We’re focused on therapies for the ocular surface beginning with dry eye disease

Dry eye disease is a multifactorial chronic disease of the ocular surface characterized by a loss of homeostasis of the tear film, resulting in pain, visual impairment, tear film hyperosmolarity and instability, inflammation and corneal wounding.1 More than 340 million adults globally and approximately 34 million adults in the United States are estimated to suffer from dry eye disease.2,3

Patients with dry eye disease are also more susceptible to eye infections and damage to the surface of the eye (cornea). Dry eye disease is characterized by a reduction in tear volume, rapid breakup of the tear film, and/or an increase in the evaporative properties of the tear film layer. Chronic symptoms of dry eye disease include a scratchy sensation (foreign body sensation), stinging or burning, episodes of excess tearing that follow periods of dryness, discharge, pain, and redness in the eye. In addition, patients with dry eye disease often experience blurred vision as the cornea and the tear film are responsible for 65% to 75% of the eye’s focusing power. Dry eye disease affects daily life, including reading and driving at night, and has been associated with depression and migraines. Underlying dry eye disease can limit patients’ ability to tolerate contact lenses and impacts patient satisfaction with post-op cataract and refractive patients. Despite the large prevalence of dry eye and the burden of the disease, there remains a significant unmet need for effective therapies.

Normal Tear Film Production

Human tear film is a complex mixture of more than 1,500 different proteins, including growth factors and antibodies, as well as numerous classes of lipids and mucins. This complex tear film is responsible for forming the primary refracting surface of the cornea, as well as protecting and moisturizing the cornea.

The National Eye Institute defines healthy tear film as “a complex mixture of fatty oils, water, mucus, and more than 1,500 different proteins that keep the surface of the eye smooth and protected from the environment, irritants, and infectious pathogens.”

The Lacrimal Functional Unit (LFU), which is controlled by the parasympathetic nervous system, is comprised of meibomian glands, lacrimal glands, and goblet cells that are responsible for producing the layers that comprise healthy tear film. The outermost layer of tear film is a lipid layer produced by the meibomian glands that keeps tear film from evaporating too quickly. The lacrimal glands produce the aqueous layer, which comprises the bulk of tear volume and flow. This layer is not just water – it contains thousands of proteins, enzymes, antibodies and growth factors that are cytoprotective, anti-inflammatory, and anti-microbial. The aqueous layer nourishes the cornea and the conjunctiva, the mucous membrane that covers the entire front of the eye and the inside of the eyelids. Finally, the innermost mucin layer is produced by goblet cells and binds water from the aqueous layer to ensure that the eye remains wet. The LFU receives stimulus from the trigeminal nerve, which has sensory nerve endings in the nasal cavity.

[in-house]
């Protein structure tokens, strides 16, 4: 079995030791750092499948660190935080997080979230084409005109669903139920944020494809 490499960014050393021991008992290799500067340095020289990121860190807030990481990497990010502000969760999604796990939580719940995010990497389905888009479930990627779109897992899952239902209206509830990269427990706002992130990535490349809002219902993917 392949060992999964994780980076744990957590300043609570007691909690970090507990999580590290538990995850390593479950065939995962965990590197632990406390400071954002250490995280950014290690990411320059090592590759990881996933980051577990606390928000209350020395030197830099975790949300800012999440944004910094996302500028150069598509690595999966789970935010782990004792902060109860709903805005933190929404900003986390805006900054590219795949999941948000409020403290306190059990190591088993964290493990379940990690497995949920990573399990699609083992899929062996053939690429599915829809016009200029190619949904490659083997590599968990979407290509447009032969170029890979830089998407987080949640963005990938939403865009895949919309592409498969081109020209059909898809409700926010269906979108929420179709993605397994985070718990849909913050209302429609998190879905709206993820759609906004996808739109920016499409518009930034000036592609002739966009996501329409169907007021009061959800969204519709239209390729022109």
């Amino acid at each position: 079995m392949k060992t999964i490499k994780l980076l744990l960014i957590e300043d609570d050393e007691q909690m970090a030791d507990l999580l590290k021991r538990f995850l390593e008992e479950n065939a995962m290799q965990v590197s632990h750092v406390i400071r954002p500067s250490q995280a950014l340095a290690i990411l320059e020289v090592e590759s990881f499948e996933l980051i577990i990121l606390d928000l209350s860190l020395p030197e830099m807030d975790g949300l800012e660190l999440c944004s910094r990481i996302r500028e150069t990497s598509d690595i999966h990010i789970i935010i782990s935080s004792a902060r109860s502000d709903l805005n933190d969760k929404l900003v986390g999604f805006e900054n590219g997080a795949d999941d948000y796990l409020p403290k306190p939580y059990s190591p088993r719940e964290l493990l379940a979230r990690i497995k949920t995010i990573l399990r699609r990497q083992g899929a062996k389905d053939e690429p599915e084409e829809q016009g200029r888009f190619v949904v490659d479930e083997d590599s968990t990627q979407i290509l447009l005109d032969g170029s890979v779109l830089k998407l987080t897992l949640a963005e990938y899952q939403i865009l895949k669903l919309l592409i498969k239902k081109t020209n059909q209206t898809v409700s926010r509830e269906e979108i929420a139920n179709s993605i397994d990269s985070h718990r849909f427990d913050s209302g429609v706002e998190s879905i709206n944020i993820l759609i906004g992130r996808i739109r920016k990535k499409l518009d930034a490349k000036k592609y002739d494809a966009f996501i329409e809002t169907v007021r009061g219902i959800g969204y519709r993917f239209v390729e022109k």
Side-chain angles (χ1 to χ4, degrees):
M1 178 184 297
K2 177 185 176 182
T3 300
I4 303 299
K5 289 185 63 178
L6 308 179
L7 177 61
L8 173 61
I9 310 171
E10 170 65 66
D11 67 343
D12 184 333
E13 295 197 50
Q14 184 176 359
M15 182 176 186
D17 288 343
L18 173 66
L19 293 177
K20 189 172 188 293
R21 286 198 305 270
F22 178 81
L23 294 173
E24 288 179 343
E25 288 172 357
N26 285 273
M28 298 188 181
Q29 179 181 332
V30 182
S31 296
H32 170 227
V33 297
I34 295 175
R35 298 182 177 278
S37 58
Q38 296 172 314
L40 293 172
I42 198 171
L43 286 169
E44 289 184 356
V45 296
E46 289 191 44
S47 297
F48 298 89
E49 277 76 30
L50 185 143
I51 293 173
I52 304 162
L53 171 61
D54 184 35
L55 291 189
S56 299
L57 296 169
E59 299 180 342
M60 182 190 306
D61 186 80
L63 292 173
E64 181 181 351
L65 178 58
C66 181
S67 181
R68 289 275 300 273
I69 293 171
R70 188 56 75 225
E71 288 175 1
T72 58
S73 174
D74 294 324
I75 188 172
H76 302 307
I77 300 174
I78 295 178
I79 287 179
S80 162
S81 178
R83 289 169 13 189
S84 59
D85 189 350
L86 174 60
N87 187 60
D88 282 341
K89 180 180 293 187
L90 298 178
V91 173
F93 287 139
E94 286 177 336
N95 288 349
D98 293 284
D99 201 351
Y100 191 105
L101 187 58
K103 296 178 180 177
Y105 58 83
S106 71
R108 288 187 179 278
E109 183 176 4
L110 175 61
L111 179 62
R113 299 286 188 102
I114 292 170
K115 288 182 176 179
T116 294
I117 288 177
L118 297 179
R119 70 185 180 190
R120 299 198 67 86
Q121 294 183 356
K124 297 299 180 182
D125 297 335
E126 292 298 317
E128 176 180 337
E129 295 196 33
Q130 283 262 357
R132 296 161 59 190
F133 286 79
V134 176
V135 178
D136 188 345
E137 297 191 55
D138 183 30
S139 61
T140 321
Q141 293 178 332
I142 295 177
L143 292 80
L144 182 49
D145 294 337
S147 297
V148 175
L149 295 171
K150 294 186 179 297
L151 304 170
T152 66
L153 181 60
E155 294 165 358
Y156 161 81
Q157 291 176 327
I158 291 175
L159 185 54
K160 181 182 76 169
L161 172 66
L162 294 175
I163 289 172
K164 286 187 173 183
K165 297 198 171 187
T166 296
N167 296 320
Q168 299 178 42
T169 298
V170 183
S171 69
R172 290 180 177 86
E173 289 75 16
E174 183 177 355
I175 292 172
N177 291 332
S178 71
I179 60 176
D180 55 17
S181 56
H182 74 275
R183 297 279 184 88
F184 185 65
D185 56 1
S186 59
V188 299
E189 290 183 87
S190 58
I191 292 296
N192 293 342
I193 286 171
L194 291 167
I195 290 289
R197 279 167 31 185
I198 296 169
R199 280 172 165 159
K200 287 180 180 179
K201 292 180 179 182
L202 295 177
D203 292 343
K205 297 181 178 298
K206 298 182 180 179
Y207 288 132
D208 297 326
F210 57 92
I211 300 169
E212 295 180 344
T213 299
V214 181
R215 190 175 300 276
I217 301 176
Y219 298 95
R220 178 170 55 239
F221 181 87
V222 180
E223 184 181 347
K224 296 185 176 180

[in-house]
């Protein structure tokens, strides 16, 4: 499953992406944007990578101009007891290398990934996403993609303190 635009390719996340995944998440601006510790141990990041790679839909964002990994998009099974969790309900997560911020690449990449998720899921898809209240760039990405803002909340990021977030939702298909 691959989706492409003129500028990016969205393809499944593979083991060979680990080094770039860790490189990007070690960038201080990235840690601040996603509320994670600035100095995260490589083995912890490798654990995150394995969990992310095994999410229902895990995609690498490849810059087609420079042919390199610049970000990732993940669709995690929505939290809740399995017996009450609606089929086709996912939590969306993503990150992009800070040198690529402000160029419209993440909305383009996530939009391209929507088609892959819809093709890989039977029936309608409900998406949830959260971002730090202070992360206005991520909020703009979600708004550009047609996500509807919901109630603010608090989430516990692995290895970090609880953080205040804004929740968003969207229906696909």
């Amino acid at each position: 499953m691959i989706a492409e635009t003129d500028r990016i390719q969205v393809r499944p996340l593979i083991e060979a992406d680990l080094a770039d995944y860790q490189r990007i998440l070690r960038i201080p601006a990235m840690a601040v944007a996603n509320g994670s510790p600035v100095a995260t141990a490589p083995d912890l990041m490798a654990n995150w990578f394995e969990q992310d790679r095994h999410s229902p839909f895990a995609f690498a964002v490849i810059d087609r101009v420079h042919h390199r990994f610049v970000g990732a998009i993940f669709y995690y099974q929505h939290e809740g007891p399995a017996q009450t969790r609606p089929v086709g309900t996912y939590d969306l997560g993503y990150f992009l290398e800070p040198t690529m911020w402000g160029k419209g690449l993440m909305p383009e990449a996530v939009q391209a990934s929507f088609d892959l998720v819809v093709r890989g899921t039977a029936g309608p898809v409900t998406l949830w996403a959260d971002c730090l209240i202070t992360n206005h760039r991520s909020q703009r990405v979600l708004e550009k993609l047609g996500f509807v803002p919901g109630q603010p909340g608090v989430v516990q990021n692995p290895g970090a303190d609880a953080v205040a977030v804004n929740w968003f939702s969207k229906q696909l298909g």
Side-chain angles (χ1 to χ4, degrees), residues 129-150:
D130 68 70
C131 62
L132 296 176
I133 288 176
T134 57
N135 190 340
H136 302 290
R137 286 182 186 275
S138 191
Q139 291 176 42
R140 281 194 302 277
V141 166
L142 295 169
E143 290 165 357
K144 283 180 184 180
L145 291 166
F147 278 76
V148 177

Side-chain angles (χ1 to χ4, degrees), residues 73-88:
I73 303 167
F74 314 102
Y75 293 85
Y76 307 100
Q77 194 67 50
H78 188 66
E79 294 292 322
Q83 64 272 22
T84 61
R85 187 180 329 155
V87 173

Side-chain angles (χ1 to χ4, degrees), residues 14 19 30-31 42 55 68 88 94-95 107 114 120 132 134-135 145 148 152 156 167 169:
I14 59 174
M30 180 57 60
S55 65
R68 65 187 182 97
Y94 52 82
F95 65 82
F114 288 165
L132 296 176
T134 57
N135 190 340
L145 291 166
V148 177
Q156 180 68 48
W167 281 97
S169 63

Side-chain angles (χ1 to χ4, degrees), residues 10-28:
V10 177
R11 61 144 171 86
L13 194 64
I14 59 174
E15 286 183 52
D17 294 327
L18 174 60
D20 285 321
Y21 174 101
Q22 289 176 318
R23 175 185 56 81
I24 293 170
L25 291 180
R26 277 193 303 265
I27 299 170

Lacrimal Functional Unit (LFU) Dysfunction

LFU dysfunction leads to the loss of tear film homeostasis and can ultimately lead to the cycle of chronic dry eye disease. Disruption and instability of the tear film results in irritation, inflammation, and ultimately cellular damage.

Lacrimal Functional Unit (LFU) Dysfunction
We believe that there is a significant unmet need for therapies that directly address the loss of tear film homeostasis, the fundamental characteristic of dry eye disease. Our lead product candidate OC-01 is designed to stimulate the LFU to produce natural tear film, re-establish tear film homeostasis and improve the signs and symptoms of patients with dry eye disease.
Click here to learn more about OC-01 (varenicline) Nasal Spray

1Jennifer P. Craig, MCOptom, PhD, Kelly K. Nichols, OD, PhD, Esen K. Akpek, MD, Barbara Caffery, OD, PhD, Harminder S. Dua, MD, PhD, Choun-Ki Joo, MD, PhD, Zuguo Liu, MD, PhD, J. Daniel Nelson, MD, Jason J. Nichols, OD, PhD, Kazuo Tsubota, MD, PhD, Fiona Stapleton, MCOptom, PhD. TFOS DEWS II Definition and Classification Report; / The Ocular Surface 15 (2017) 276-283

2Market Scope 2016 Dry Eye Products Report: A Global Market Analysis for 2015 to 2021

3Paulsen AJ, Cruickshanks KJ, Fischer ME, Huang GH, Klein BE, Klein R, Dalton DS. Dry eye in the beaver dam offspring study: prevalence, risk factors, and health-related quality of life. American Journal of Ophthalmology. 2014 Apr;157(4):799-806.